Published: 02nd September 2018
Rent a Boyfriend App: Are we seriously hanging 'For Rent’ signboards on people too now?
Can a boyfriend on rent cure mental health problems like depression?
Have you ever watched The Wedding Date? In this 2004 Rom-Com, Debra Messing’s Kat Ellis heads back home to be Maid of Honour at her younger sister's wedding. In a desperate attempt to not be the single older sister, Kat pulls a rather off-centre move. She hires a male escort, Dermot Mulroney’s Nick Mercer to pretend to be her boyfriend. Considering you're watching a rom-com, it's no surprise that there's a good amount of comedy and some sappy romance when Kat and Nick fall in love (cue the ‘Awwww’). I aww-ed for sure when I was 16 years old. But now, 14 years later, when I think about it, what Kat did, to strip it down to simple terms, was rent a boyfriend. And somehow, I'm not in 'aww’ of that.
I think while I had my eye on Dermot Mulroney's perfectly scarred face, the concept of a male escort service must've been what caught Kaushall Prakash’s fancy. That's the only reason I can think of for why he created the Rent a Boy Friend (RABF) app. Yup! Someone in India, the same country that frowns upon a married couple hugging in public, just launched an app where people who seek companionship can rent themselves a ‘boyfriend’. And apparently, the founders intend for the app to also be a service used by those who suffer from depression.
Now I don't mean to be ignorant, but how is getting a boyfriend going to stop someone from feeling depressed? Maybe it's meant for those who suffer from depression caused by loneliness. In that case, are these men really to be trusted with your vulnerability? In an article that I read, Kaushall offers assurance that the men, who will fall under one of three categories — Celebrity, Model or Aam-Aadmi - are run through thorough background checks to ensure that they come from decent, educated backgrounds and respect women. That sounds great, theoretically, but come on Mr Prakash, what's the guarantee?
And please, please don't say money back guarantee!
Safety is one thing that I am sceptical of. Most of the time, you can't even trust the people in your life, so how are you supposed to trust someone you meet through a dating app or a boyfriend renting app, in this case? I realise that we live in an era where trust isn't easy to find. But maybe that's exactly why someone would opt for a service like RABF. Because the company assures you trusted men.
Which brings me to the one thing I appreciate about RABF - that Kaushall insists that this isn't a dating app. They aren't trying to hook people up and insists that the relationship is purely platonic and is based on support-companionship. I love that idea on paper. But to me, if you're offering companionship, it becomes contradictory when there have categories like Celebrity and Model. Are they suggesting that depression can be treated by a square jaw and chiselled abs? If your service is to be someone's shoulder to cry on or a friendly ear, then offer people not models. If you're offering ‘companionship’, then why not provide a service that's not exclusive to male models?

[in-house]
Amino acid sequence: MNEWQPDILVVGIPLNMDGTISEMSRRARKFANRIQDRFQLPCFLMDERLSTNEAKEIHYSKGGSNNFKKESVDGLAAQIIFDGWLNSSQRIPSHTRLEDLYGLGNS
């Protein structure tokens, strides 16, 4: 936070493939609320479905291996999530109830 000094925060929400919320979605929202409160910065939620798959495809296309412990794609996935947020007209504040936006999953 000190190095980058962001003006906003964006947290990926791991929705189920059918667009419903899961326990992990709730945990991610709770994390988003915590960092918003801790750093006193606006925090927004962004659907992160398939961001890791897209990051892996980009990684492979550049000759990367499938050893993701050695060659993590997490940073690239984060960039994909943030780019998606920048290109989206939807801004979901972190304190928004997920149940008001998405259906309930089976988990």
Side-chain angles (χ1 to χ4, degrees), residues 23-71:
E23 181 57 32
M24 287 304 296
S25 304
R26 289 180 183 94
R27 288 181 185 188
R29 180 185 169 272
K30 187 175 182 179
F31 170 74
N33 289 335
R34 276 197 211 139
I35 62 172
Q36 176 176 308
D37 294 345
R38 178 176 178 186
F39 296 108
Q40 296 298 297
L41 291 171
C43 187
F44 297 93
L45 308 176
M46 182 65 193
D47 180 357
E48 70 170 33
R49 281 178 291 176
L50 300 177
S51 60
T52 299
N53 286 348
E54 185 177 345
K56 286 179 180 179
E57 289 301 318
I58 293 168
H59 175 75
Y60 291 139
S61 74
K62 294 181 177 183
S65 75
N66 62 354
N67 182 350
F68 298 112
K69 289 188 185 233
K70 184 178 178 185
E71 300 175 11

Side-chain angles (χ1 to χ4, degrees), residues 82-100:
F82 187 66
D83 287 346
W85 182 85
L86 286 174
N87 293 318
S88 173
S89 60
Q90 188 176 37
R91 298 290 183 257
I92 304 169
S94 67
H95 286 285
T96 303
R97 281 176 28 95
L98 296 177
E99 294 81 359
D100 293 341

Dr Sonali Prakash, the co-founder, goes on to stress the importance of physical appearance as a major criterion when choosing a 'boyfriend’ in the same article. By doing this, aren't they planting false expectations in the minds of their clients? It isn't a given that everyone's Mr Right has to be a ‘good looking’ man. Correct me if I'm wrong, but isn't it true that a man doesn't have to be good looking to be a good boyfriend? I, for one, would rather have a man who listens with his heart. And plus, ‘good looks’ is rather subjective. Why not hire men primarily because they are keen listeners?
As much as this app and the thought behind it puzzles me, I'm going to put this all aside and tell you what troubles me the most about this concept. When did we forget that having a boyfriend means having someone who cares for you, knows you and appreciates you? When did it become a rentable commodity? People should be getting out there and having conversations with others, both like-minded and polar opposites. I'm not suggesting that it's easy, but renting someone just can't be the answer.
Nowadays, people pay for food, clothes, education, hell, we even pay for followers on social media, but I think we need to draw the line somewhere. The tweens, teens and young adults of this generation have become somewhat obsessed with 'being’ with someone. It's like you're uncool if you aren't.
People are getting in and out of relationships faster than you can do the Hokey Pokey. They dive heart first and they don't realise that with every broken relationship, there's a piece of you that breaks too. People should invest time and energy in a relationship, and even those that last for years aren't guaranteed winners. By renting a boyfriend by the hour, you aren't even forming a meaningful relationship.
Maybe I'm just misunderstanding the concept that Kaushall and Sonali are going for, but the more I think about, the more it sounds like you can pay for anything. Now, call me a prude or super old-fashioned, but I believe that in this entire 'everything can be a business’ world, companionship should be one of those things that you shouldn't sell. I honestly don't know where we as a generation are headed. We've got everything from path-breaking scientists to heartwarming social activists to street-smart entrepreneurs, but we lack simplicity. To all those who find the idea of this app novel, I implore you to be wary of where you place your heart. In today's world, money can buy anything. But it doesn't mean that it should.
(The opinions expressed here are the author's own)